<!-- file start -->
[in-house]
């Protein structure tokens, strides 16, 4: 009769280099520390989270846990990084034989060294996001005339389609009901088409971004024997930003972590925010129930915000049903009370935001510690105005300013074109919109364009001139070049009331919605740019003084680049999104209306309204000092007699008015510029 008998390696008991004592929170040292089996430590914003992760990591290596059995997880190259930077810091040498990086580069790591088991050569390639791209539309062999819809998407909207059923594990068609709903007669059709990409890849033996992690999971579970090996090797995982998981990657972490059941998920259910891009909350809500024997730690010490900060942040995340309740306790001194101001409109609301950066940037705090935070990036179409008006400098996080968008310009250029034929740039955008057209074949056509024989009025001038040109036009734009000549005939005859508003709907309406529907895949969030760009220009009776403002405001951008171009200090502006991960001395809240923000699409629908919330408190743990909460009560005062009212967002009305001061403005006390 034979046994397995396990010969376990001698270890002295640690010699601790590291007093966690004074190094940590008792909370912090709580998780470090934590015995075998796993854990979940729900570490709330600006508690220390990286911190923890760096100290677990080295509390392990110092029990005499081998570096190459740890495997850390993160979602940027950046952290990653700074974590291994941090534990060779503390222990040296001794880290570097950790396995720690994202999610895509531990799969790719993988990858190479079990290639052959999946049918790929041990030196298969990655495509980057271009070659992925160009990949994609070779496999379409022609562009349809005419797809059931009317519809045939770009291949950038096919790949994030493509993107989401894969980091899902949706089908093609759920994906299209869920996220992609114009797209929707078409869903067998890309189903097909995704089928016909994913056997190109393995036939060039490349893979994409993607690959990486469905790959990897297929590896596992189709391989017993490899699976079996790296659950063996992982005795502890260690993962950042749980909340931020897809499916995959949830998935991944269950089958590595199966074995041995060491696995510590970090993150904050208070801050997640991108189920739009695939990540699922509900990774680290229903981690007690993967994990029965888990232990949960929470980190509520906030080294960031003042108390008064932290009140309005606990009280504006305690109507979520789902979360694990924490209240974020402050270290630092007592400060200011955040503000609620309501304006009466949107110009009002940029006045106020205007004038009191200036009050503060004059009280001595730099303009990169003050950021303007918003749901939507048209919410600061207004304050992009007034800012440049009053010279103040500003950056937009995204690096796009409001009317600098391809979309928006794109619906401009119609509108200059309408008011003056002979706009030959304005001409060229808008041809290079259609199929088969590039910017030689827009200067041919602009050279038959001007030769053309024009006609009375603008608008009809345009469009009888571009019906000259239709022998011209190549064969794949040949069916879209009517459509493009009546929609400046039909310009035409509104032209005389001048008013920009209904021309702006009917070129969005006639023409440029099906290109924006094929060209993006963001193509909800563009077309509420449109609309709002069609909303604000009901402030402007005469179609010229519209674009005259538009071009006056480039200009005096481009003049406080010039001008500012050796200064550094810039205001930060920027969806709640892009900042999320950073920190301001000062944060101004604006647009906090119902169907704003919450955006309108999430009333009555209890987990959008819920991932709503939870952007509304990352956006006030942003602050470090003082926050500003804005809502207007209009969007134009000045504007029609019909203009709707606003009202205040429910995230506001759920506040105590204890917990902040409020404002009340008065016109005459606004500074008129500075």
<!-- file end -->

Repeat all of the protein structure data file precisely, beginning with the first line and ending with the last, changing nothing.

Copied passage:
[in-house]
């Protein structure tokens, strides 16, 4: 009769280099520390989270846990990084034989060294996001005339389609009901088409971004024997930003972590925010129930915000049903009370935001510690105005300013074109919109364009001139070049009331919605740019003084680049999104209306309204000092007699008015510029 008998390696008991004592929170040292089996430590914003992760990591290596059995997880190259930077810091040498990086580069790591088991050569390639791209539309062999819809998407909207059923594990068609709903007669059709990409890849033996992690999971579970090996090797995982998981990657972490059941998920259910891009909350809500024997730690010490900060942040995340309740306790001194101001409109609301950066940037705090935070990036179409008006400098996080968008310009250029034929740039955008057209074949056509024989009025001038040109036009734009000549005939005859508003709907309406529907895949969030760009220009009776403002405001951008171009200090502006991960001395809240923000699409629908919330408190743990909460009560005062009212967002009305001061403005006390 034979046994397995396990010969376990001698270890002295640690010699601790590291007093966690004074190094940590008792909370912090709580998780470090934590015995075998796993854990979940729900570490709330600006508690220390990286911190923890760096100290677990080295509390392990110092029990005499081998570096190459740890495997850390993160979602940027950046952290990653700074974590291994941090534990060779503390222990040296001794880290570097950790396995720690994202999610895509531990799969790719993988990858190479079990290639052959999946049918790929041990030196298969990655495509980057271009070659992925160009990949994609070779496999379409022609562009349809005419797809059931009317519809045939770009291949950038096919790949994030493509993107989401894969980091899902949706089908093609759920994906299209869920996220992609114009797209929707078409869903067998890309189903097909995704089928016909994913056997190109393995036939060039490349893979994409993607690959990486469905790959990897297929590896596992189709391989017993490899699976079996790296659950063996992982005795502890260690993962950042749980909340931020897809499916995959949830998935991944269950089958590595199966074995041995060491696995510590970090993150904050208070801050997640991108189920739009695939990540699922509900990774680290229903981690007690993967994990029965888990232990949960929470980190509520906030080294960031003042108390008064932290009140309005606990009280504006305690109507979520789902979360694990924490209240974020402050270290630092007592400060200011955040503000609620309501304006009466949107110009009002940029006045106020205007004038009191200036009050503060004059009280001595730099303009990169003050950021303007918003749901939507048209919410600061207004304050992009007034800012440049009053010279103040500003950056937009995204690096796009409001009317600098391809979309928006794109619906401009119609509108200059309408008011003056002979706009030959304005001409060229808008041809290079259609199929088969590039910017030689827009200067041919602009050279038959001007030769053309024009006609009375603008608008009809345009469009009888571009019906000259239709022998011209190549064969794949040949069916879209009517459509493009009546929609400046039909310009035409509104032209005389001048008013920009209904021309702006009917070129969005006639023409440029099906290109924006094929060209993006963001193509909800563009077309509420449109609309709002069609909303604000009901402030402007005469179609010229519209674009005259538009071009006056480039200009005096481009003049406080010039001008500012050796200064550094810039205001930060920027969806709640892009900042999320950073920190301001000062944060101004604006647009906090119902169907704003919450955006309108999430009333009555209890987990959008819920991932709503939870952007509304990352956006006030942003602050470090003082926050500003804005809502207007209009969007134009000045504007029609019909203009709707606003009202205040429910995230506001759920506040105590204890917990902040409020404002009340008065016109005459606004500074008129500075």